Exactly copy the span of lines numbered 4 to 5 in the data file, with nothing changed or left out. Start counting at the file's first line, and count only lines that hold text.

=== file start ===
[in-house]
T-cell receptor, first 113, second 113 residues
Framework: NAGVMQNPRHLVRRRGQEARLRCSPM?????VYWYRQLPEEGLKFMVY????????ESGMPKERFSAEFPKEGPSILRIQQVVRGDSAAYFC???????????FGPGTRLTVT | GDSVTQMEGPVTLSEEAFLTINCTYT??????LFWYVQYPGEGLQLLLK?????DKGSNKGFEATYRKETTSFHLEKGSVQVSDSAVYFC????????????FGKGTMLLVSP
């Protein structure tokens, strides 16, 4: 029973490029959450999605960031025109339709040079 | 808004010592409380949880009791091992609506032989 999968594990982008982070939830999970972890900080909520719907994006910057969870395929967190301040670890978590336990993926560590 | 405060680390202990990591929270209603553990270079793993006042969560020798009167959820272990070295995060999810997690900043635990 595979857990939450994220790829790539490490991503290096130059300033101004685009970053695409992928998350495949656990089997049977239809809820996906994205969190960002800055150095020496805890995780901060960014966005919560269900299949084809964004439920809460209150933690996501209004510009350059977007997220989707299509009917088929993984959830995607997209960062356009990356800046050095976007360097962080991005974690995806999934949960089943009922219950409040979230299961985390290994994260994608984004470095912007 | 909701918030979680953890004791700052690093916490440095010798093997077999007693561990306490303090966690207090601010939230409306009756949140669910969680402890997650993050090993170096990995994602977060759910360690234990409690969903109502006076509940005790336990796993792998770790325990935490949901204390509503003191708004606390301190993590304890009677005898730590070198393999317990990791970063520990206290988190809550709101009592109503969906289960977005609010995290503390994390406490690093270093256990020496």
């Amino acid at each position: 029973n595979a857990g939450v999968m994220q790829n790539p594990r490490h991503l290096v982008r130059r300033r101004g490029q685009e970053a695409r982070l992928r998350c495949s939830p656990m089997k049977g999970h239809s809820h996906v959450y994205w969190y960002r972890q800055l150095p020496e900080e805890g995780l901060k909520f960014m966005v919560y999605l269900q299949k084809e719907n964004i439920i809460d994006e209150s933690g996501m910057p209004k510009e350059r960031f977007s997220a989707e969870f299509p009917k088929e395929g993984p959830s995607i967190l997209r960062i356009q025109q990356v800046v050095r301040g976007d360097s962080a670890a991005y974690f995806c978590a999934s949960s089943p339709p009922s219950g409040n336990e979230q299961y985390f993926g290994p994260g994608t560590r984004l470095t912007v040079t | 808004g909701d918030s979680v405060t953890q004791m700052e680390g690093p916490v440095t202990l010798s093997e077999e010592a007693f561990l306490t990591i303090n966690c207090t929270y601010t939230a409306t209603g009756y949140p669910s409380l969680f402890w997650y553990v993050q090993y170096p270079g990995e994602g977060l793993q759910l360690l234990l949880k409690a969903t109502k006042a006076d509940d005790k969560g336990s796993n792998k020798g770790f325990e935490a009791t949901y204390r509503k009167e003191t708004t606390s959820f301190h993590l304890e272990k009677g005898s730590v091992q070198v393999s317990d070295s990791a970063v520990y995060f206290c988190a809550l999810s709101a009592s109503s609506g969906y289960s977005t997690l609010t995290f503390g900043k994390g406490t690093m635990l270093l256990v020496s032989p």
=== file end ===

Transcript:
């Protein structure tokens, strides 16, 4: 029973490029959450999605960031025109339709040079 | 808004010592409380949880009791091992609506032989 999968594990982008982070939830999970972890900080909520719907994006910057969870395929967190301040670890978590336990993926560590 | 405060680390202990990591929270209603553990270079793993006042969560020798009167959820272990070295995060999810997690900043635990 595979857990939450994220790829790539490490991503290096130059300033101004685009970053695409992928998350495949656990089997049977239809809820996906994205969190960002800055150095020496805890995780901060960014966005919560269900299949084809964004439920809460209150933690996501209004510009350059977007997220989707299509009917088929993984959830995607997209960062356009990356800046050095976007360097962080991005974690995806999934949960089943009922219950409040979230299961985390290994994260994608984004470095912007 | 909701918030979680953890004791700052690093916490440095010798093997077999007693561990306490303090966690207090601010939230409306009756949140669910969680402890997650993050090993170096990995994602977060759910360690234990409690969903109502006076509940005790336990796993792998770790325990935490949901204390509503003191708004606390301190993590304890009677005898730590070198393999317990990791970063520990206290988190809550709101009592109503969906289960977005609010995290503390994390406490690093270093256990020496």
């Amino acid at each position: 029973n595979a857990g939450v999968m994220q790829n790539p594990r490490h991503l290096v982008r130059r300033r101004g490029q685009e970053a695409r982070l992928r998350c495949s939830p656990m089997k049977g999970h239809s809820h996906v959450y994205w969190y960002r972890q800055l150095p020496e900080e805890g995780l901060k909520f960014m966005v919560y999605l269900q299949k084809e719907n964004i439920i809460d994006e209150s933690g996501m910057p209004k510009e350059r960031f977007s997220a989707e969870f299509p009917k088929e395929g993984p959830s995607i967190l997209r960062i356009q025109q990356v800046v050095r301040g976007d360097s962080a670890a991005y974690f995806c978590a999934s949960s089943p339709p009922s219950g409040n336990e979230q299961y985390f993926g290994p994260g994608t560590r984004l470095t912007v040079t | 808004g909701d918030s979680v405060t953890q004791m700052e680390g690093p916490v440095t202990l010798s093997e077999e010592a007693f561990l306490t990591i303090n966690c207090t929270y601010t939230a409306t209603g009756y949140p669910s409380l969680f402890w997650y553990v993050q090993y170096p270079g990995e994602g977060l793993q759910l360690l234990l949880k409690a969903t109502k006042a006076d509940d005790k969560g336990s796993n792998k020798g770790f325990e935490a009791t949901y204390r509503k009167e003191t708004t606390s959820f301190h993590l304890e272990k009677g005898s730590v091992q070198v393999s317990d070295s990791a970063v520990y995060f206290c988190a809550l999810s709101a009592s109503s609506g969906y289960s977005t997690l609010t995290f503390g900043k994390g406490t690093m635990l270093l256990v020496s032989p």